Please read the entire post. It is wonderfully written, as all of her posts are, and it is chilling and moving. But, most of all, it is rooted in practicality and reality. I think a lot of social conservatives want to wag their fingers and think that is all it takes to make other people live the way they think they should ideally live, based on their own particular lofty standards, and then wash their hands of the consequences of what happens when real people don’t meet those standards. I prefer to live and reality, and would like to make reality work better for the most people. Parental notification laws are the opposite of that.


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Reply turned post, IUDs as EC style

Sungold has a great post up at Kittywampus about the little known use of the copper IUD as emergency contraception. I wrote a reply, and figured I would share it here:

No one seems familiar with this whenever I bring it up, and that includes ob/gyn clinicians. In the US, IUDs are supposed to be just as acceptable to insert in nulliparous (never had a baby) women as parous (has had a baby) women. As Sungold pointed out, that is not the reality for all women. I was actually told by my ob/gyn that I wasn’t a good candidate, even though I had already had a baby, because I was divorced. (!!)

According to a midwife who taught me about birth control, the reason why IUDs were not recommended for nulliarous women were because so many of them successfully sued over the Dalkon shield. The company had to pay a much higher settlement to women who never got to have children due to their injuries than they did to those who already had children. The indications for the newer IUDs, including the copper T, originally said the ideal candidates were parous women, but that is no longer the case. New recommendations say that pretty much any woman who does not have active pelvic inflammatory disease is a good candidate.

The Dalkon shield was a completely untested, unresearched, unregulated piece of scrap metal. The copper IUD is a much more carefully created and substantiated device. It has a higher rate of continuance of use than any other form of birth control. Not only do I have an IUD, but the IUD is an incredibly popular form of birth control among female ob/gyns I have very unscientifically surveyed.

The main issue I can see with using IUDs as emergency contraception is that the standard of care is to screen for and treat STDs, particularly gonorrhea and chlamydia, before insertion. With conventional screening, time for results, and then treatment if necessary, you are probably running over the 5 day window. So, even if USian practitioners were comfortable with using the IUD as emergency birth control theoretically, this protocol may be a barrier.


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And, partial birth abortion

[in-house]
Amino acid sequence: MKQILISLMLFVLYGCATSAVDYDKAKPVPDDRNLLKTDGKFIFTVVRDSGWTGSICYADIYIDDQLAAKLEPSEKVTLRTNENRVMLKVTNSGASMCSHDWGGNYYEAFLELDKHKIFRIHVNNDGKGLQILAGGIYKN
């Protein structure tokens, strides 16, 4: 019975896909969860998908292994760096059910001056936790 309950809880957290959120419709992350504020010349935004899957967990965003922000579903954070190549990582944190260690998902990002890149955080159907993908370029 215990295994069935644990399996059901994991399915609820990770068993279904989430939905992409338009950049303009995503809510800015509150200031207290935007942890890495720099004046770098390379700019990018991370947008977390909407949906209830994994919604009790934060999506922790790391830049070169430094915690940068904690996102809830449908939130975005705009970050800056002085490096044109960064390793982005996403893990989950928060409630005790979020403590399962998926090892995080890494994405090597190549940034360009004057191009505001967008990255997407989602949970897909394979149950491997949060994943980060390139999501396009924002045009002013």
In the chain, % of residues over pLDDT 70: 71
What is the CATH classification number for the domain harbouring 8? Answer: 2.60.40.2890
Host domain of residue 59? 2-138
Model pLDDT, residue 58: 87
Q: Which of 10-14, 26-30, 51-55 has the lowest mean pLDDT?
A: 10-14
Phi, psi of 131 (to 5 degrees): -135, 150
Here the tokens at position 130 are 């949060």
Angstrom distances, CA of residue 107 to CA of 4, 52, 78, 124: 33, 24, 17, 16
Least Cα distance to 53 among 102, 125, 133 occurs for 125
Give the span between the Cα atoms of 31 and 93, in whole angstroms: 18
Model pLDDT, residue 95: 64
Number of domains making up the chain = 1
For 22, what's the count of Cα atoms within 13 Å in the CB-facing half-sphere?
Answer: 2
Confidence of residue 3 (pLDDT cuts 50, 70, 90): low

I am feeling better enough to post a rant!

A friend posted a link on his Facebook page to this ridiculous distortion of an article on National Review Online, which accuses Supreme Court of the United States nominee Elena Kagan of distorting medical fact and the positions of ACOG regarding the so called “partial birth abortion” ban, when solicitor general for the Clinton administration.

He wrote “This is the woman who may have a lifetime seat on the most powerful Court in the United States” and linked to the article. Here is what I wrote in reply:

Thank goodness if she is appointed, which seems very likely.

She did not contradict the language in the ACOG draft at all. They said it was never the case that there was “no other option”. There are inferior procedures that are actually more dangerous to the mother, and more difficult for the practitioner. Yes, they were options, and are now the only option. She suggested language that said an intact D & X may still be the best option, which was obviously indicated by the rest of ACOG’s position. As a member of ACOG, I am completely comfortable with that.

I think it is disgusting that this rare and difficult procedure that was only used in the already most difficult of cases has been politicized like this. And, now is unavailable to doctors. Physcians can still perform later term abortions where (and when) it is legal and indicated; they just can’t use this safer procedure. This ban had nothing to do with gestational age, just technique.

In fact, a D & X is a procedure that is psychologically much kinder to the mother in this difficult circumstance, because she can hold the intact fetus, (or baby, if you use the vernacular), which was most likely incompatible with life on its own or with her ability to survive until it could be viable, and have a proper mourning period. Physicians are now forced to dismember the fetus in utero before removing it, making this impossible. I hope you realize this is the implications of the ban.